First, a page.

Rush and DKC start, with Rush’s waistlock being countered into a wristlock from DKC as the pair went back-and-forth early on. A leaping axe kick from Rush gets an early two-count, with Rocky tagging in afterwards to put the boots to DKC. A simple stomp to the foot from the DKC breaks that as Connors comes in to hit a double-team shoulder tackle for a two-count. Rocky recovers to corner Connors, bringing back Rush as a clothesline and a knee drop led to a quick two-count for Lio. Connors tries to fight back, but runs into a boot before a misdirection led to a spear to Rush’s lower back as he managed to turn the match on its head. Uppercuts rock Rush as DKC came back in for his share of a double hiptoss that draws a two-count.
DKC’s snap suplex keeps the momentum up, before a double sledge from Connors to that lower back gets a two-count on Rush. A back suplex from Rush adds another, but Rush then countered a sidewalk slam by spinning out into a DDT as he managed to drag himself across to Rocky in the corner. Rocky runs wild with ranas, then with Forever clotheslines, before a running Shiranui nearly put Connors away. A springboard stunner from Rush is stopped as DKC pulled him to the outside, allowing Connors to capitalise with a misdirection POUNCE on Rocky… DKC then tagged back in to hit a single-leg dropkick for a two-count. Rocky blocks a suplex and fought free of DKC with a clothesline as he made a tag out to Rush, who got caught with a crucifix and a modified Anaconda Vise from DKC.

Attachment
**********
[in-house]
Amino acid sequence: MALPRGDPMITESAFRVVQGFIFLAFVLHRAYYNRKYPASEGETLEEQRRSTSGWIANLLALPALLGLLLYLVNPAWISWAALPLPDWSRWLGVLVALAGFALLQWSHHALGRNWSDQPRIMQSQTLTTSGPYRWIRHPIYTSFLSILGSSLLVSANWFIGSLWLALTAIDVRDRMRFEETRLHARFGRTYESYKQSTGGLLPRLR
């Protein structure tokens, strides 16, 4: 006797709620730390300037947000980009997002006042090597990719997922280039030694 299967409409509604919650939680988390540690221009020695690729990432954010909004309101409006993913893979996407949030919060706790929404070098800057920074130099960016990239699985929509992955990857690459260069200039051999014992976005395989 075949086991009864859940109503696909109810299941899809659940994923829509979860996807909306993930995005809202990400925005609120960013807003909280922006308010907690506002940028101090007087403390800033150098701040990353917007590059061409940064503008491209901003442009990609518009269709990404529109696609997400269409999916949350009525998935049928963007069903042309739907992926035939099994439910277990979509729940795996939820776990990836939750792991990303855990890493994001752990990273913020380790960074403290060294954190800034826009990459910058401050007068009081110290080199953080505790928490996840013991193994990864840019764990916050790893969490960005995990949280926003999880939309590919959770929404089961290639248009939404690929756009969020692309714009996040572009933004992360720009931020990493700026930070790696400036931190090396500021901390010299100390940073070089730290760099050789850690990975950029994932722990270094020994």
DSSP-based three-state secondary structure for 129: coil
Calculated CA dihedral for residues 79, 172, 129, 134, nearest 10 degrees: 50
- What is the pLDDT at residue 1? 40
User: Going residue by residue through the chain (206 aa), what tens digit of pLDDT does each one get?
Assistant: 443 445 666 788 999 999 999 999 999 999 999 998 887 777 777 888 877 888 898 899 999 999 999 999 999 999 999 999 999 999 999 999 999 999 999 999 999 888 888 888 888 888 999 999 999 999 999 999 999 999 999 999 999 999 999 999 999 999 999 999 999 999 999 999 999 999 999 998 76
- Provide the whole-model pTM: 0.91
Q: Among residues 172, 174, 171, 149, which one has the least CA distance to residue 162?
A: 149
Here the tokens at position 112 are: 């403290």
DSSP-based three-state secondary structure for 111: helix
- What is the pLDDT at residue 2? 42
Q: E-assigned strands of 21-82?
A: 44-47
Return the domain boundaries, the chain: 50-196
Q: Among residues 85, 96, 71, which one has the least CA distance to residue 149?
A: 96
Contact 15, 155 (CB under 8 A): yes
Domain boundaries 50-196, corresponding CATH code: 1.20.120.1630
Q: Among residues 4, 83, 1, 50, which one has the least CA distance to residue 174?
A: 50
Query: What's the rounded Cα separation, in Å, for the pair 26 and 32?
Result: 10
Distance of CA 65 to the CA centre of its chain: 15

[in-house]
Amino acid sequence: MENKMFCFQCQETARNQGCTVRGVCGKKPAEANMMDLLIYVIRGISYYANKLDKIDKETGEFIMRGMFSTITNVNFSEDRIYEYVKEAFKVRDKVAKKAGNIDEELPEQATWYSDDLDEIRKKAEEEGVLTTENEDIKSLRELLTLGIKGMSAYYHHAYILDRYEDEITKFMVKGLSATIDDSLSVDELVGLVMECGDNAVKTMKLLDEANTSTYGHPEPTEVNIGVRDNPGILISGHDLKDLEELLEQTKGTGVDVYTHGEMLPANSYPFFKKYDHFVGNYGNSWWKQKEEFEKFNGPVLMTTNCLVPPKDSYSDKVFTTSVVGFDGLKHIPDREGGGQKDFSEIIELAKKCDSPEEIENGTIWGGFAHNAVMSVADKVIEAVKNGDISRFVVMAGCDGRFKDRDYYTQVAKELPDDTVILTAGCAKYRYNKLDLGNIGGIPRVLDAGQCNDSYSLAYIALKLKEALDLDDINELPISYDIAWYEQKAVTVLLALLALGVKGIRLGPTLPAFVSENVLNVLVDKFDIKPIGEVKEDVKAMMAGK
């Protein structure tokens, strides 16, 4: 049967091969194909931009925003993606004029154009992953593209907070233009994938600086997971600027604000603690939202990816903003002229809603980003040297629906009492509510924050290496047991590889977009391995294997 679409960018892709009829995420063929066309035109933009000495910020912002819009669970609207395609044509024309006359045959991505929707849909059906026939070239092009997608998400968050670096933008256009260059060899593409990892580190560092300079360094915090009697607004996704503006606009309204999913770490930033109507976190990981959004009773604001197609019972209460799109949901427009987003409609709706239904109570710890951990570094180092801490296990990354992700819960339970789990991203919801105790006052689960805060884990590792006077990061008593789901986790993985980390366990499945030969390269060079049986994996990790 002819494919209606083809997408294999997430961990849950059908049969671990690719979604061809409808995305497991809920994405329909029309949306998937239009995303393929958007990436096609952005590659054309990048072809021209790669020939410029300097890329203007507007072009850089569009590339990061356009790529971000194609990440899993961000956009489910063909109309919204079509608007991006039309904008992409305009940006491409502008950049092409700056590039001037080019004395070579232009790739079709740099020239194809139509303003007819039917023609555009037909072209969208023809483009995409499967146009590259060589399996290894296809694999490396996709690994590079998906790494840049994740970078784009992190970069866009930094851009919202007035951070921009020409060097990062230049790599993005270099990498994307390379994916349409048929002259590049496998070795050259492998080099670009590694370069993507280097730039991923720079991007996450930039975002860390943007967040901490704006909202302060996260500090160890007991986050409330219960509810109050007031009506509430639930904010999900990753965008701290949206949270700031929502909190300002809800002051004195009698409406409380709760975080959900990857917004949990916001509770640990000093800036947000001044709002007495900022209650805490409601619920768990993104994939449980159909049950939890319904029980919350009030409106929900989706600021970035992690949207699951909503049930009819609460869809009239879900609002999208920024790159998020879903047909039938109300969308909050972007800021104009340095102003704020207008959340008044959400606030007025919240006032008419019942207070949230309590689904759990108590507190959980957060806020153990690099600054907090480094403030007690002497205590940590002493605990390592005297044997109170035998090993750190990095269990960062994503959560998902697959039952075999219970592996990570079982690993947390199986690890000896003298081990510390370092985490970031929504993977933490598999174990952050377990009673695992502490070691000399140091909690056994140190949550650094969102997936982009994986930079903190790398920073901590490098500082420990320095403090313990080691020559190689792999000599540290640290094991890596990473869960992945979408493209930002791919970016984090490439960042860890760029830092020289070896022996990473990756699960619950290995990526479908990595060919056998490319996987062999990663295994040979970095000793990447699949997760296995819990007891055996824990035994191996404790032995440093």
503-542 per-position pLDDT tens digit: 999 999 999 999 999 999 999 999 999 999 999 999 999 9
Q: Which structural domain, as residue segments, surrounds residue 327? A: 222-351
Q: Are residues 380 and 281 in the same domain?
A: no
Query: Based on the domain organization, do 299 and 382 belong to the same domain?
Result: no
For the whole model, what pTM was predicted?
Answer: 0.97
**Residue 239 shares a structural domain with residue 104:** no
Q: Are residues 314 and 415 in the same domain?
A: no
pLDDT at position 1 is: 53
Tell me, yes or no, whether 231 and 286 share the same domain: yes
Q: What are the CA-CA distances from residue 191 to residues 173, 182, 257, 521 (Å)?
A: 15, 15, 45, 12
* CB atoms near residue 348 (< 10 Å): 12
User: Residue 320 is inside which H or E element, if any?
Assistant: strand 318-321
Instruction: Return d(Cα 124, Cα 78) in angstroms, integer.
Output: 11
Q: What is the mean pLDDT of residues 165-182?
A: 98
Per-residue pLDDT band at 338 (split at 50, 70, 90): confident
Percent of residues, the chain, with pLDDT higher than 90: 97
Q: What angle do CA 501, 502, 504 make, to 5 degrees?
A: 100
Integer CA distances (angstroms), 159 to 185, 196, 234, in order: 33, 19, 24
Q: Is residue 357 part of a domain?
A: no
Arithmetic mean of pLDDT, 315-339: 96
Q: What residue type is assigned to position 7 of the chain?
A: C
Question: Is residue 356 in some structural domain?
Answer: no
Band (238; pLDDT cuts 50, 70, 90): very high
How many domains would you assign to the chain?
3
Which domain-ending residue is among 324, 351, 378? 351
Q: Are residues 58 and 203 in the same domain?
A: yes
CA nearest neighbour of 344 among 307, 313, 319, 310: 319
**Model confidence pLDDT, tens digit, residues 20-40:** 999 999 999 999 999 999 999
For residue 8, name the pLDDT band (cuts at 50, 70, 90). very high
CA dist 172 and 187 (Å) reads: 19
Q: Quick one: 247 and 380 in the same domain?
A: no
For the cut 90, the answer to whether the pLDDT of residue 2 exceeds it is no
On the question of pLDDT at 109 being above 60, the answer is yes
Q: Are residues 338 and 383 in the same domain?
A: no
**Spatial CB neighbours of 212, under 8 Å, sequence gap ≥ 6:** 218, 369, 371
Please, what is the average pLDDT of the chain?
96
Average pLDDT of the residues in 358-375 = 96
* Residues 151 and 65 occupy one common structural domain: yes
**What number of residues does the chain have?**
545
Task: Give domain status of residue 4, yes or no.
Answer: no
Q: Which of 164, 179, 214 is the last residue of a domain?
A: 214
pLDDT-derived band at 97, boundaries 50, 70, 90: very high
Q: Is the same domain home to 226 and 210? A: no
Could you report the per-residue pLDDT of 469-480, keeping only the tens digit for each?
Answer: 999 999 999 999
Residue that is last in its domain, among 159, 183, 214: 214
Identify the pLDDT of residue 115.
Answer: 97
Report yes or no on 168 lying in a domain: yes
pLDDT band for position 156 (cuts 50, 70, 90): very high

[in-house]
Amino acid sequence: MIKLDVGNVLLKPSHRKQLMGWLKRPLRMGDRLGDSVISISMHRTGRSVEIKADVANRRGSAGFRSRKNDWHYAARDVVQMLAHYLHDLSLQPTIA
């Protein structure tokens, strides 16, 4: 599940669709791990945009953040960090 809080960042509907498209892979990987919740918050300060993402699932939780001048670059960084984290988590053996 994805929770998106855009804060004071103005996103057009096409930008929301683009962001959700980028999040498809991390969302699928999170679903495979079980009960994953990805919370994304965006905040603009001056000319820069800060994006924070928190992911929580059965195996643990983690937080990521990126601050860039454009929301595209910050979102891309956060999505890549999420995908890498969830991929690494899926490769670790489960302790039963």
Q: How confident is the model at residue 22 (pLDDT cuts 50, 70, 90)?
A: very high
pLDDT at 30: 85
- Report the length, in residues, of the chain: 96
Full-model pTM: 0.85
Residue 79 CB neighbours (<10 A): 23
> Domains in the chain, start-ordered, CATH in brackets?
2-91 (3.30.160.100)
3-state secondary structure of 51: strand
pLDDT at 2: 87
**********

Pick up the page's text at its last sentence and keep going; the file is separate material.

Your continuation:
Rocky stomps that apart, drawing in Connors to throw him outside. Rush takes a Doomsday Boot from DKC for a two-count, but recovers to hit a springboard stunner off the bottom rope to DKC… and that’s all folks. A little more competitive than you’d like, with Rush and Rocky going 50-50 with their foes – and seemingly setting up something between Rocky and Connors for down the line going by the post-match afters… ***
I’m guessing LEC doesn’t have any new stuff for the LA Dojo Lads to plug…
Fred Yehi & Wheeler Yuta vs. Misterioso & Jordan Clearwater
We’ve another debuting combination here, with Yehi making his show debut as well.